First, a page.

HBC Announces that Home Outfitters Across Canada will Close
Image by CBC Manitoba

HBC has announced that Home Outfitters across Canada will close. At one time there used to be near 70 stores across Canada but that number has dropped to 37 and 700 employees. In Winnipeg in 2016, HBC converted three Home Outfitters to Hudson’s Bay Home and the concept was supposed to spread across Canada. Those locations were Kenaston, Regent and St. James.

It is interesting to note that the St. James location once housed Linens and Things which failed years ago taking Canada’s 55 stores along with it. Sadly, it and the other two location HBC locations will be liquidated along with Home Outfitters.

Winnipeg’s two major malls at Polo Park and St. Vital are still looking for the perfect fit for their former Sears stores. And more store space is being built even as companies like HBC and Sears close stores. Other retailers as well are closing across Canada including Winnipeg. More on that in another post.

It would be easy to blame Amazon as online retailing has indeed created problems. However, the simple fact is that too many stores can also hurt your business model. Companies like Disney, Lego and IKEA have fewer stores and offer experiences that stand out. They become destinations in and of themselves.

The more interesting announcement by HBC was not that Home Outfitters was closing but that they were closing 20 Sak’s Off 5th stores in the U.S. and re-evaluating the whole company. HBC has so far affirmed confidence in Winnipeg’s store at Outlet Collection of Winnipeg. It is unknown how profitable the store is in Seasons of Tuxedo.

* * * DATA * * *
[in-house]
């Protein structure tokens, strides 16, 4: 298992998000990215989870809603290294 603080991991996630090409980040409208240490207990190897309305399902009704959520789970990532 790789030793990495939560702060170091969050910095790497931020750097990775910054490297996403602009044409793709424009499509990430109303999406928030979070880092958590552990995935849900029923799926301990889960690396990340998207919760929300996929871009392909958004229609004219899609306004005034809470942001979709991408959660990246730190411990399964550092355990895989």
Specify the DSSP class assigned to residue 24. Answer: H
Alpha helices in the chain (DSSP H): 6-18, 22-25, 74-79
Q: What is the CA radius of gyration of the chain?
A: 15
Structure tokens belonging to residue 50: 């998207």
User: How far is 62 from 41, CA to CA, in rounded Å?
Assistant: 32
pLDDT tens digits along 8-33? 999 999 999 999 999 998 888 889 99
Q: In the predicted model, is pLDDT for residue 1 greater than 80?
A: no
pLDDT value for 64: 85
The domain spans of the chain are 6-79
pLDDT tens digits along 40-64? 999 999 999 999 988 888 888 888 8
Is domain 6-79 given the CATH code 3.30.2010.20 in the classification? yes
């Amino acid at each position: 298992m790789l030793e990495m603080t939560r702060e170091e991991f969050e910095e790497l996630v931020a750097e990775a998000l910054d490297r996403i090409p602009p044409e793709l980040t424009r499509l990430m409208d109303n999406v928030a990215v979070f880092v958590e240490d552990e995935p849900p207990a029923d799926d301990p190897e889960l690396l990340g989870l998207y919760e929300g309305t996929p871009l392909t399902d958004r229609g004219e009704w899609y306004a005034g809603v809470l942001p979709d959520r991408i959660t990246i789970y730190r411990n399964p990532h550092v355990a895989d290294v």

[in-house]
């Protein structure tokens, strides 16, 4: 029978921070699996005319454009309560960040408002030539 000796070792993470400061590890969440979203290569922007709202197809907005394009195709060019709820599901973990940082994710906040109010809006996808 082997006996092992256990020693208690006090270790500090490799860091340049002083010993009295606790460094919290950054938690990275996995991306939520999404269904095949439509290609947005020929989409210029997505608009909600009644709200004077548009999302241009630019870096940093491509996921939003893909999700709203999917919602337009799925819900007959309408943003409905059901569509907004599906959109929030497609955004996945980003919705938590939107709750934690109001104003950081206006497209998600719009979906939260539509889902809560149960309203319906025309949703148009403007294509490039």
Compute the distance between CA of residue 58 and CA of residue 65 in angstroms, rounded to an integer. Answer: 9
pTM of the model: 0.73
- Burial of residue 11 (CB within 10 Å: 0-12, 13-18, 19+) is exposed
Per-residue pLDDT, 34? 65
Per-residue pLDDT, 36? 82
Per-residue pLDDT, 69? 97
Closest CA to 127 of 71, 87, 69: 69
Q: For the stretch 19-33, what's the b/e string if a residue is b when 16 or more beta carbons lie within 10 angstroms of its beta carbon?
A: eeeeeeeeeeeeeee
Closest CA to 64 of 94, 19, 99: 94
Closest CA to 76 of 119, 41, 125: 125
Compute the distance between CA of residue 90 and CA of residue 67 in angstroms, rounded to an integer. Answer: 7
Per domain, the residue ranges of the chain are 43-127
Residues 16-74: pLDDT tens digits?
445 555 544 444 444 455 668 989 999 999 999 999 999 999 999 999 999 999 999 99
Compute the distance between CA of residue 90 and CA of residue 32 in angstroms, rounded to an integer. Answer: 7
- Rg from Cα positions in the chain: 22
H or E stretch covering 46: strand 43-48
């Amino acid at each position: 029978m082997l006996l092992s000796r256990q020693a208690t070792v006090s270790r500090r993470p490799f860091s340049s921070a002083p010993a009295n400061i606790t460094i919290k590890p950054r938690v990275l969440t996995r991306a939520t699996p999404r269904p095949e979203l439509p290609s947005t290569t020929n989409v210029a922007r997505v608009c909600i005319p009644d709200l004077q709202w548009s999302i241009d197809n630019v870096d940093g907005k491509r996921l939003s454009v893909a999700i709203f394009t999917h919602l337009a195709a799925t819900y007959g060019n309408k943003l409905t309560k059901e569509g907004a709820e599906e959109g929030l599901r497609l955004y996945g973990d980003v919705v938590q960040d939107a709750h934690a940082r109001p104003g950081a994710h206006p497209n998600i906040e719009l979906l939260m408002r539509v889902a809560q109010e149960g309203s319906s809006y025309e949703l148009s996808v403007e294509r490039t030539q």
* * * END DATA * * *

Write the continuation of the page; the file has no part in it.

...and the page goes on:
The Seasons of Tuxedo is continuing to fill in with stores, entertainment and services. But it is also filling in with residents. Thousands of people now live on site. It will be interesting to see if this helps business in the area as they have a resident population within steps of the mall.

In 2019 though it would appear landlords are going to have to struggle to fill space. It could be we see some rent decreases and sub-dividing space to make it more palatable. We also might see some local concepts take off in this new landscape.

This has been a guest editorial by John Dobbin.
To read more from John, visit his blog Observations, Reservations, Conversations